"The Flash" Adds "Harry Potter" Star Tom Felton as Series Regular
The countdown begins now!!!
Here are the first ten artists that you voted as your favorites of all-time.
25 N. Steven Harris
N. Steven Harris has been working in the comic book industry for over two decades now. Early in his career he co-created Aztek the Ultimate Man with two British writers you might have a passing familiarity with, Grant Morrison and Mark Millar. I was going to post this awesome sequence with the Joker from that series written by Morrison (showing an early sign of what Morrison’s Joker would look like in future stories) but then I though, Harris is STILL doing excellent comic book work, so I should show something a little more recent, so here is a dynamic piece from Harris’ series, Ajala, co-created with Robert Garrett (Ajala is about a young hero being trained in the ways of being a hero by her mentor, who also happens to be her high school teacher!)…
Harris is also working on another creation of his, (Brotherhood of) The Fringe (the banner image is from that series).
24 Steven Hughes
Along with writer Brian Pulido, Steven Hughes launched Chaos Comics and the two major hit characters, the post-apocalyptic crazed killer, Evil Ernie, and the powerful goddess, Lady Death. Hughes designed the character, who was one of the top “bad girls” of the mid-1990s. Here she is from her first mini-series…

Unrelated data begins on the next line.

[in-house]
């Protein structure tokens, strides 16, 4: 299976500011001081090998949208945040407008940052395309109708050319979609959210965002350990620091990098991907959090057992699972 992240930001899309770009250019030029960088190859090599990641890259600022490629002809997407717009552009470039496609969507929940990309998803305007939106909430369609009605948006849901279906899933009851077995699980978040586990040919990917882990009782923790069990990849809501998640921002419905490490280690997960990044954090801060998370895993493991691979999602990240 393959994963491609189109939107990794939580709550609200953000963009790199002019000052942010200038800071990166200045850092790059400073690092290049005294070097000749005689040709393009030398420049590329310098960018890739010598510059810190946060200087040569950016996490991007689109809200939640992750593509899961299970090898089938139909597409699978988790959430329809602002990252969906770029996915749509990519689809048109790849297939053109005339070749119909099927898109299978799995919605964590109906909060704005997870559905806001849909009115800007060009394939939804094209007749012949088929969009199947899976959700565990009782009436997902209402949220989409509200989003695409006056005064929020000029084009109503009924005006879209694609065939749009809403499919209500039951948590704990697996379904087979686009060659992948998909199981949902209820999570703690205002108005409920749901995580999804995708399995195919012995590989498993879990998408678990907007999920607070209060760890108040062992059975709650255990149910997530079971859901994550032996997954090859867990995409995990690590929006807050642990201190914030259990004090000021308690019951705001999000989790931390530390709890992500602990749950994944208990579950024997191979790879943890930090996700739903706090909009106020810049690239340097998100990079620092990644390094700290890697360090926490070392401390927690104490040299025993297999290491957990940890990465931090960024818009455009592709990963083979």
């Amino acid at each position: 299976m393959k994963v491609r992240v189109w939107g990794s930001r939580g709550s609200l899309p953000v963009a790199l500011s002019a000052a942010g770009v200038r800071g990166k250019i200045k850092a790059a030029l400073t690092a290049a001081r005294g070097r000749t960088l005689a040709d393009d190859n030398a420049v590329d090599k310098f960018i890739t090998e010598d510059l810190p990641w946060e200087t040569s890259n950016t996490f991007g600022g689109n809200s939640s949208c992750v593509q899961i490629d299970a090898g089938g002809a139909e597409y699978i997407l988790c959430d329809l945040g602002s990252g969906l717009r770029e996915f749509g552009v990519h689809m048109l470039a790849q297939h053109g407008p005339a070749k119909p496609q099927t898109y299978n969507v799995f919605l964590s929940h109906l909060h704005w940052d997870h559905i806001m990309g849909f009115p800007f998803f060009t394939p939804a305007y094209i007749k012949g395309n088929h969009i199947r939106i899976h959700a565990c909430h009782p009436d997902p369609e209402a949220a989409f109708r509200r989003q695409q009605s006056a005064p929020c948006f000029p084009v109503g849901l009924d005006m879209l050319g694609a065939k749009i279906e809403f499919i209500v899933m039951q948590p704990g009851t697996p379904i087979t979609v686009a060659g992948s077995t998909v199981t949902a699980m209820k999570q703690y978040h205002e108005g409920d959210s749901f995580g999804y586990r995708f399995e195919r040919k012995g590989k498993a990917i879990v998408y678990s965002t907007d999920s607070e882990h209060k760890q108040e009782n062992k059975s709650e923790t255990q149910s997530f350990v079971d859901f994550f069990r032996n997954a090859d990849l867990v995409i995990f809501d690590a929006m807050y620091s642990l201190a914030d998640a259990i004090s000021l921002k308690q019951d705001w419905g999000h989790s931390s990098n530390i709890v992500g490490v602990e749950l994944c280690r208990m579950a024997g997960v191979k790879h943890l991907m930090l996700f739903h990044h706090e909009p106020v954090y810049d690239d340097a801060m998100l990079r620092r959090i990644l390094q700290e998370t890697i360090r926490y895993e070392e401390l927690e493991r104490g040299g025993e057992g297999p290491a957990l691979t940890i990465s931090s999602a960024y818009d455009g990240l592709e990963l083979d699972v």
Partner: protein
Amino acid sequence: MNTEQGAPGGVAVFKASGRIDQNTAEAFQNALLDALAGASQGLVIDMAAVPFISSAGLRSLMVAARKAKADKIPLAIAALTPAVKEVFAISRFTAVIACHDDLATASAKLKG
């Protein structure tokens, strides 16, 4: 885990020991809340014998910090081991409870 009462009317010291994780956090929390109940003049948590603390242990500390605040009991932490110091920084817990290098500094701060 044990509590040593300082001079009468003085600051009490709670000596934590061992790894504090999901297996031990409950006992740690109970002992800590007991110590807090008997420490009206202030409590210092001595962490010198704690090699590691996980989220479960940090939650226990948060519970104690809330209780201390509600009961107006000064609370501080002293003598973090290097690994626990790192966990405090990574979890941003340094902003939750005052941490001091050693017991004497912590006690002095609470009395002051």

Tragically, Hughes passed away in 2000 at the far too young age of 40.
23 Malcolm Jones III
Malcolm Jones III was one of the top inkers of the late 1980s/early 1990s, inking most of Young All-Stars, then inking Denys Cowan on a dozen or so issues of The Question and then most famously succeeding Sam Kieth as the inker on Neil Gaiman’s legendary The Sandman early in the famous run, where Jones inked Mike Dringenberg, Kelley Jones, and Colleen Doran.
Jones was also a fine penciler in his own right, as well. Here he is on a nice Alfred spotlight story from the 1989 Batman Annual…
Jones sadly died in 1996.
Go to the next page for #22-19…
Comics Should Be Good accepts review copies. Anything sent to us will (for better or for worse) end up reviewed on the blog. See where to send the review copies.